Greg is a self-styled “wine raconteur” interested in the education amd appreciation of wine and other consumer luxuries. He has studied with the Wine Council of Ontario, the Wine and Spirit Education Trust, The Wine Scholar Guild, and is currently engaged in a graduate degree focusing on the risk and regulation of controlled substances.
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Lots and lots of bubbly!

Hey there!

I find myself sipping on some prosecco tonight – how about you?

Lately I’ve been having a lot of bubbly and I’m certainly not complaining! Whether it be champagne, prosecco, or cava…I love it all! They all offer different experiences at different price points. I mean we all love champagne, but if you are like me…atleast current me…I can’t afford to spend $100+ a night on this stuff. So what do I do? I turn to other bubbly producing countries to help me out!

Think prosecco if you generally like something on the sweeter side. Think cava if you are looking for tremendous value. Think Canadian sparkling wine if you want to “go local” (if you are a canuck of course lol). There are other countries doing interesting stuff – Australian sparkling shiraz – which is certainly an acquired taste….go explore!

The point is, you don’t always have to spend a lot to get a good bottle of bubbly. $15-25 CAD can get you far. However, if you got money to burn, then go for it!

What bubbly is your go to? Do you only drink it on special occasions? Saturday morning mimosas?

Let us know!

Cheers,

Nick
Wine Cru Reviews
http://www.winecrureviews.ca

 

If James Bond Drinks Bollinger Champagne, So Must I!

Hey Friend!

What’s in your glass this evening? Well it doesn’t compare to what I’m having – bold statement, right? Sometimes you just got to be. Like our good friend “007” aka James Bond, tonight I’m having some Bollinger Champagne.

This stuff is soooo goooooood. I must thank my fellow colleague, Greg, for this recommendation. This bubbly is very tasty and features baked apple pie with a nutty finish. At an alcohol level of just 12.5%, this champagne is light and refreshing!

If only I could have this every day…

Have you had Bollinger Champagne before? What was the reason?

Anyways, time to get back to celebrating a special champagne birthday!

Cheers,

Nick
Wine Cru Reviews
http://www.winecrureviews.ca

Wine Tasting in Prince Edward County – UnCork Canada

Hey everyone!

Hope you had a great weekend and to all you dad’s out there…hope you are having/had a great day. Cheers to you!

What did you all get up to this past weekend? I had the chance to go to Prince Edward County for the very first time and Wine Cru Reviews co-founder, Greg, was my tour guide/fellow explorer!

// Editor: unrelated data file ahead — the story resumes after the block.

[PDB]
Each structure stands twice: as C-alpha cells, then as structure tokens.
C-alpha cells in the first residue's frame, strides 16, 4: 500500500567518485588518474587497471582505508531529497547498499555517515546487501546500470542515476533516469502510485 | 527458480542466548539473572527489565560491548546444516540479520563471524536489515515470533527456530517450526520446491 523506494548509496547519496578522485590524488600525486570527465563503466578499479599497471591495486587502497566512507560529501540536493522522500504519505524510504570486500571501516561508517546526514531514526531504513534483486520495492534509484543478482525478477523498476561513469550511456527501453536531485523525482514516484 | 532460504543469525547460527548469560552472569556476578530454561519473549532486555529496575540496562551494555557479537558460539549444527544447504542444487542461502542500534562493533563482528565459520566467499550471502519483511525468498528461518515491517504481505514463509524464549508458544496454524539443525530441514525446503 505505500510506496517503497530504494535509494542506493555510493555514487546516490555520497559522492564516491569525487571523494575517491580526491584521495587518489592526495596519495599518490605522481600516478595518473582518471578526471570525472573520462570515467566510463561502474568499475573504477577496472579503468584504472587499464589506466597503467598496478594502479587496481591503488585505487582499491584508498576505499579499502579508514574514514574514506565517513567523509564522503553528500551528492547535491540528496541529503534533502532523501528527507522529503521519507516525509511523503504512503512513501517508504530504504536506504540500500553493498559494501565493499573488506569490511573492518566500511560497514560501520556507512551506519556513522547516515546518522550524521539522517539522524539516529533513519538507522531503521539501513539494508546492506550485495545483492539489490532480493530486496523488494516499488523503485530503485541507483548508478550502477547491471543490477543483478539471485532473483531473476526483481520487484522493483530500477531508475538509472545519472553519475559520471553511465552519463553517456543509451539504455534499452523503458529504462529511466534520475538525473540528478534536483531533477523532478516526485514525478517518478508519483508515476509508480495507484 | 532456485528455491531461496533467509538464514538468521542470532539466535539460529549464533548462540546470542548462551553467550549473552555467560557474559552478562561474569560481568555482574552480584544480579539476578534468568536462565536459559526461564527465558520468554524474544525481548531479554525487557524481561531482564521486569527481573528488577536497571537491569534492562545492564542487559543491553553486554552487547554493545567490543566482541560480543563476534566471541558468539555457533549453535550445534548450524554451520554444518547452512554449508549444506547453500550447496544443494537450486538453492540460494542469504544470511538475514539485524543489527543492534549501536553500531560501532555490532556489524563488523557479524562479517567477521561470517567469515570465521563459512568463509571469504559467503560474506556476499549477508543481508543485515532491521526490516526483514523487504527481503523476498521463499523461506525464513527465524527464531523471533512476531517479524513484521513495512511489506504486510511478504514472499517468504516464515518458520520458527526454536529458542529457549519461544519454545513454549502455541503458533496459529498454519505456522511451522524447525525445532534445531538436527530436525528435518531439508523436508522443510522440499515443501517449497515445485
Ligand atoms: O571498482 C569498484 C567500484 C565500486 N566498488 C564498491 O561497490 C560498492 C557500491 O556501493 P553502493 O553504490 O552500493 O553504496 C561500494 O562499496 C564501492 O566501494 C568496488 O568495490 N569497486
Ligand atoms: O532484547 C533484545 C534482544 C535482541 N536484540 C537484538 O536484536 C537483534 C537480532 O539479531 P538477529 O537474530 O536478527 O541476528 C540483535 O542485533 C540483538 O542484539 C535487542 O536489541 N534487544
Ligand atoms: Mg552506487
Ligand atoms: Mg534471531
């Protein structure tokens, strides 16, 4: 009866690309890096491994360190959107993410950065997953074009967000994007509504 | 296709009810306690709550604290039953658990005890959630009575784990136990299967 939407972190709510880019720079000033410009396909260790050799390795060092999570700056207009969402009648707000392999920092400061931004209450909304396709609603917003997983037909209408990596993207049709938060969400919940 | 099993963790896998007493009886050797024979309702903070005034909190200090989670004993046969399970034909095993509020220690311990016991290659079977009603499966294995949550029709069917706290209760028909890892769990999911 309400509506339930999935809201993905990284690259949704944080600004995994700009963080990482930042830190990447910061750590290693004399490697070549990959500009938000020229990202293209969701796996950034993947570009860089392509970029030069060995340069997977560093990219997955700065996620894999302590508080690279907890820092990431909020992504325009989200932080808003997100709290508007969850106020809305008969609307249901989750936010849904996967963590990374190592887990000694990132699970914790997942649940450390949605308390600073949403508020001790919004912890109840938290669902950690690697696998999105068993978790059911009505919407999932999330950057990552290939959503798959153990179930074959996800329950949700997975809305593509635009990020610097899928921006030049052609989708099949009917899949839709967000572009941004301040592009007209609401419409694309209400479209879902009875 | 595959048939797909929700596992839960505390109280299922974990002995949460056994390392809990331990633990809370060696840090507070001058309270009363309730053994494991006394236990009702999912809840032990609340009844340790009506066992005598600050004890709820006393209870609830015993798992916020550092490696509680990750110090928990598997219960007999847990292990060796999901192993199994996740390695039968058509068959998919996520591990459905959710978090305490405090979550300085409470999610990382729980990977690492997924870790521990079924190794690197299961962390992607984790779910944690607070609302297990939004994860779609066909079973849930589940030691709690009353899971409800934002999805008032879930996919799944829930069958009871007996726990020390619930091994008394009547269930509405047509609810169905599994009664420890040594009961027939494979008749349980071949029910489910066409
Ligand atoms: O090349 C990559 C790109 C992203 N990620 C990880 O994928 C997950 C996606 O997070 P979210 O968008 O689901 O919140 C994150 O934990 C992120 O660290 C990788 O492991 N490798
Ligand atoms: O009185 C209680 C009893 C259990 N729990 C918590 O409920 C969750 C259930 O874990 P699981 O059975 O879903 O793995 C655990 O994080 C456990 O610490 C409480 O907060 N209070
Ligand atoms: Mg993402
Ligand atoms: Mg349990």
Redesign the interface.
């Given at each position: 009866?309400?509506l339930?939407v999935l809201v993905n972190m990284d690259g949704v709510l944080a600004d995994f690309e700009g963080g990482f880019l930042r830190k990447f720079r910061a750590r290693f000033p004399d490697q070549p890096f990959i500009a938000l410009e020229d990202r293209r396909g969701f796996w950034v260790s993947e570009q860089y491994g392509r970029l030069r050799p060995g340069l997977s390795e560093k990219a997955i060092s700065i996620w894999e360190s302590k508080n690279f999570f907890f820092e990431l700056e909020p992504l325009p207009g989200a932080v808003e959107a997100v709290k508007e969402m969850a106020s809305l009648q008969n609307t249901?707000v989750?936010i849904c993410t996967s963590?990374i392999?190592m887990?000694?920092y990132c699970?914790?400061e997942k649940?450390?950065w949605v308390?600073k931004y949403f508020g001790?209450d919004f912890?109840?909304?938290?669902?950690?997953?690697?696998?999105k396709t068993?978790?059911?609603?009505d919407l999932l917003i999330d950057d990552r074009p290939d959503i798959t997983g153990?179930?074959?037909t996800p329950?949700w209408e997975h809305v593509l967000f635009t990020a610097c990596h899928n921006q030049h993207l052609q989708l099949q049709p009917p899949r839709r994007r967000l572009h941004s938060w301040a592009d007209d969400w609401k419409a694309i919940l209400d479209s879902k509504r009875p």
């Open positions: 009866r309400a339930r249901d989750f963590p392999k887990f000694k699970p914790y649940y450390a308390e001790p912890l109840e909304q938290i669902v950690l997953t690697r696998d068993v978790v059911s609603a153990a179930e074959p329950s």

“The County”, as it is often referred to, is just outside of Kingston, Ontario and features some of the best wines Ontario has to offer. First stop, was Three Dog Winery. When we arrived to the open concept tasting room, there were a lot of people enjoying chilled rose and white wines on this particularly warm day. We had the opportunity to try several of the wines, and they were all very good. However, the Reiki Off Dry Riesling was a stand out for me – loved this wine. Definitely one of the best spots if you are looking to have some BBQ, live music and a friendly atmosphere.

But before we go any further…

Why did we go to the county this weekend of all weekends? We were invited to attend UnCork Canada – which featured wines from across the nation, coast to coast. The venue was just off main street, in a beautiful historic building called the Crystal Palace. Wines from B.C. to Nova Scotia (and everything in between) were offered for tastings and some were even medal winners from the All Canadian Wine Championships held a week earlier. There was no shortage of wine that’s for sure! To see some of the great pictures from our trip, check out our Instagram page – @winecrureviews

After a couple of hours at the event we decided to venture off and visit some of the wineries while we were in town.

In addition to visiting Three Dog Winery, we visited:

All were very different experiences… the following is the coles notes version of my experience:

Huff was very modern, classy and had some amazing bubbly. TerraCello, is a very rustic and has a very “old world” feeling to it – pizza appears to be their thing. Broken Stone was a great find, and featured some tasty chardonnay. Closson Chase is QUALITY and worth the premium pricing. Lacey Estates, is a great family winery, that has some amazing white wines – especially the 2013 Gewürztraminer!

I had a lot of fun and can’t wait to go back again! There is something for everyone in PEC.

Have you ever been to the county? What wineries did you visit?

Cheers,

Nick
Wine Cru Reviews
http://www.winecrureviews.ca

p.s. Happy Early Birthday Greg! Pop that champagne!